Strong winds took down several trees and power lines in Citrus County Thursday and early Friday, causing a few thousand outages ahead of a chilly cold front.
Wind speeds increased through Thursday, before a fast-moving line of thunderstorms moved east across Florida later in the night and into the morning, prompting storm warnings and tornado watches.
Citrus County Fire Rescue crews from Thursday to Friday responded to a dozen calls involving downed power lines, a lightning strike and a pair of damaged structures — a home in Inverness and one in Floral City, according to CCFR spokeswoman Cortney Marsh.
Bonnie Conti is the Inverness property owner whose home was damaged when a large oak tree fell on the screened in lanai. She wasn’t home at the time the incident occurred, but was alerted to the potential problem by a neighbor who lives directly behind her house.
“I walked around the house, and I got to this the corner, my entire patio was damaged,” Conti said. “I was really freaking out, I was kind of blubbering at the time (I made the call to fire rescue).”
Conti, who has lived in the home since 1993, said this is a first for her.
“I’ve never had to deal with this before,” she said, noting no one got hurt in the ordeal. “But you’ve got a very tired postal worker who’s freaking out, and a scared cat, Stripes. He pulled up the outdoor carpeting and curled up in there like a ball.”
Similar emergency calls continued through Friday.
Citrus County had sustained winds of between 25 and 30 mph, with wind gusts before the storm of up to 48 mph reported west of Crystal River, according to Austen Flannery, meteorologist for the National Weather Service’s (NWS’s) Tampa Bay office.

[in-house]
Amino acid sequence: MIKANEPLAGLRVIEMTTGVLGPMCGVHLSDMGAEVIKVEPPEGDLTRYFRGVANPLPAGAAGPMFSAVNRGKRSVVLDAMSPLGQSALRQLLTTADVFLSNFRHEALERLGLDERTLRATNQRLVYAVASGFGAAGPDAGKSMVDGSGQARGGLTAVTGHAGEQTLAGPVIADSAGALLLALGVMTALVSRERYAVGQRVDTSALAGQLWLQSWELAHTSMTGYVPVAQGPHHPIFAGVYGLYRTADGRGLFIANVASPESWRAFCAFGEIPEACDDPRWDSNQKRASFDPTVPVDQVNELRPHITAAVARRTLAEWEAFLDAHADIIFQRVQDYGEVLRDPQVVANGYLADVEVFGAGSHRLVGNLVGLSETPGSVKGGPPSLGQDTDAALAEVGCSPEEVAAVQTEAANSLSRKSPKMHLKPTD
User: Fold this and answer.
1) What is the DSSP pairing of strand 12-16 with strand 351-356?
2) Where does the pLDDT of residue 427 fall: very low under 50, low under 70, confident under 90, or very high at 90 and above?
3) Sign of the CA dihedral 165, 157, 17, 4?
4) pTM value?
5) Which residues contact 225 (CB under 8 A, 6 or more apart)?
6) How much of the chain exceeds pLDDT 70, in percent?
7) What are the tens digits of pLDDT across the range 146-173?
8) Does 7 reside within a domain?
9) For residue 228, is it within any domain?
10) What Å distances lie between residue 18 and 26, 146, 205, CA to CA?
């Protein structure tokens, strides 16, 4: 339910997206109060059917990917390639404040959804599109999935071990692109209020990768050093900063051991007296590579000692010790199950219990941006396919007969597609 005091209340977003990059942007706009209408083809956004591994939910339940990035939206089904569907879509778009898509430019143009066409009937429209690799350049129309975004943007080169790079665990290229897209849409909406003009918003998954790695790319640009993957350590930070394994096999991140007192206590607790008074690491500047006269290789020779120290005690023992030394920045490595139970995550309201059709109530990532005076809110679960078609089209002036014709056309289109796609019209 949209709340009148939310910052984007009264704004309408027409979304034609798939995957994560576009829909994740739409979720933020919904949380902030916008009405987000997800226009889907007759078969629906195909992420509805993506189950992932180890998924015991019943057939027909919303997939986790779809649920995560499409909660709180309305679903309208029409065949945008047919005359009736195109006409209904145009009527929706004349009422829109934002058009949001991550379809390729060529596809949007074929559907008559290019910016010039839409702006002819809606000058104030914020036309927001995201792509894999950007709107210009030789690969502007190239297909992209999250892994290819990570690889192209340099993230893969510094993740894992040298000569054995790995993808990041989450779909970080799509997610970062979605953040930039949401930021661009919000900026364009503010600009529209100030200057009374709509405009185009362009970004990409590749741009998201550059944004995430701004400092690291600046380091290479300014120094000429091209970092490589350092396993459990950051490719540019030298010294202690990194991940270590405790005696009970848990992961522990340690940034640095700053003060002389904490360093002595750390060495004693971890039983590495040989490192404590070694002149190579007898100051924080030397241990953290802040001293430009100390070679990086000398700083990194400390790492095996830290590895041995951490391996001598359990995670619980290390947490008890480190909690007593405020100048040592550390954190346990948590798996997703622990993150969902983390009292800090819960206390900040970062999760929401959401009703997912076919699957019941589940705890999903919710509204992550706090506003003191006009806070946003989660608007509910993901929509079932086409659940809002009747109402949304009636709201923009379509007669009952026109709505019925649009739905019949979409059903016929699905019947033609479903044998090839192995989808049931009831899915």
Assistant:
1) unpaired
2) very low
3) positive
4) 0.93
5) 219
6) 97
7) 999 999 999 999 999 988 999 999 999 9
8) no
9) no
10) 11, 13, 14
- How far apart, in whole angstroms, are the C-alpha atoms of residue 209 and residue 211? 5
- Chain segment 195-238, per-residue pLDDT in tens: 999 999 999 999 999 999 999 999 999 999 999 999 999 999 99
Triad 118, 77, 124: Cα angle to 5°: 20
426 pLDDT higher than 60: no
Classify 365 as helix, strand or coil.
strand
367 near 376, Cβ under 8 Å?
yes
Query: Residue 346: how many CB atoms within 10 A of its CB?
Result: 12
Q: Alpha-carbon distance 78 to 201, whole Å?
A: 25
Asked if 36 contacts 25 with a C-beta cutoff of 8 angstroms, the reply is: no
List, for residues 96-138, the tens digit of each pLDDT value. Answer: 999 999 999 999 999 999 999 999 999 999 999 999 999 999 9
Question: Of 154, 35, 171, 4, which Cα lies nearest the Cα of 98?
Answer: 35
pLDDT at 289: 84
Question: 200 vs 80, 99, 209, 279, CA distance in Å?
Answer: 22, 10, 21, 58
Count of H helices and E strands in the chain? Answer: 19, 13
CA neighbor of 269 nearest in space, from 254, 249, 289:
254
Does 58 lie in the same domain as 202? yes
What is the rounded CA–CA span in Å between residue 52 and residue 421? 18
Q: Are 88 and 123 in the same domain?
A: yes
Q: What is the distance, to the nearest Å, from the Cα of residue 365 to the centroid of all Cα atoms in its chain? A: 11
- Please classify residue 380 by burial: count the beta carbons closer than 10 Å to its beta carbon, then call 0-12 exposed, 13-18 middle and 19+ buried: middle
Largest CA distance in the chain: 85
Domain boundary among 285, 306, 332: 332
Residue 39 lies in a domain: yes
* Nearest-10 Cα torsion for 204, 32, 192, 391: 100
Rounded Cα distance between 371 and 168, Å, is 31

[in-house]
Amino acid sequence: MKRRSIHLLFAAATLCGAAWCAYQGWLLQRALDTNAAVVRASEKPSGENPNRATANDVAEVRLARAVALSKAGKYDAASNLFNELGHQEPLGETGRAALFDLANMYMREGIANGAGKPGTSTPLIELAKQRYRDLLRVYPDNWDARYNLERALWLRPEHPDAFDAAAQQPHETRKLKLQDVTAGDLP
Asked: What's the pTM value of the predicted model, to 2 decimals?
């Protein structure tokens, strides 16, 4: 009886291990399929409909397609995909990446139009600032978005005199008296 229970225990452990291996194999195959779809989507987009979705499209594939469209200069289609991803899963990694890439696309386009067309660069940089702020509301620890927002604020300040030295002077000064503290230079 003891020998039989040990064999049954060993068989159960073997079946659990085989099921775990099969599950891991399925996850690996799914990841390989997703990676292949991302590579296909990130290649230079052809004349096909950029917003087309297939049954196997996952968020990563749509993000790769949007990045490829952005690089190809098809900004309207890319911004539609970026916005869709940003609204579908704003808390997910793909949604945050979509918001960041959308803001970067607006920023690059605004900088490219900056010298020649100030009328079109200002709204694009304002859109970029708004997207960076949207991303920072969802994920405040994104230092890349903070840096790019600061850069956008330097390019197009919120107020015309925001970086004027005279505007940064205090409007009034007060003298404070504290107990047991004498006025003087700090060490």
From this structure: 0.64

As the storm passed through the county, a NWS monitoring station recorded wind gusts as high as 46 mph near the Marine Science Station outside of Crystal River.
Marsh and Flannery said no tornadoes or microbursts (straight-line winds) were reported to CCFR or the NWS.
“It’s certainly possible that something happened that we weren’t able to record with our limited sensors,” Flannery noted.
Duke Energy spokeswoman Peveeta Persaud said Duke did not record peak outages in Citrus County during the storm, but reported up to 25,000 outages statewide.
Duke’s outage map showed around 860 of its customers in Citrus County were still without power later Friday morning.
David Lambert, spokesman for the Withlacoochee River Electric Cooperative, said the electric provider had roughly 3,500 Citrus County customers with outages and most were restored.
Sumter Electric Cooperative’s, or SECO’s, Facebook page showed 1,643 members served by its Inverness substation had an outage at 11:13 p.m., which was resolved later Friday morning.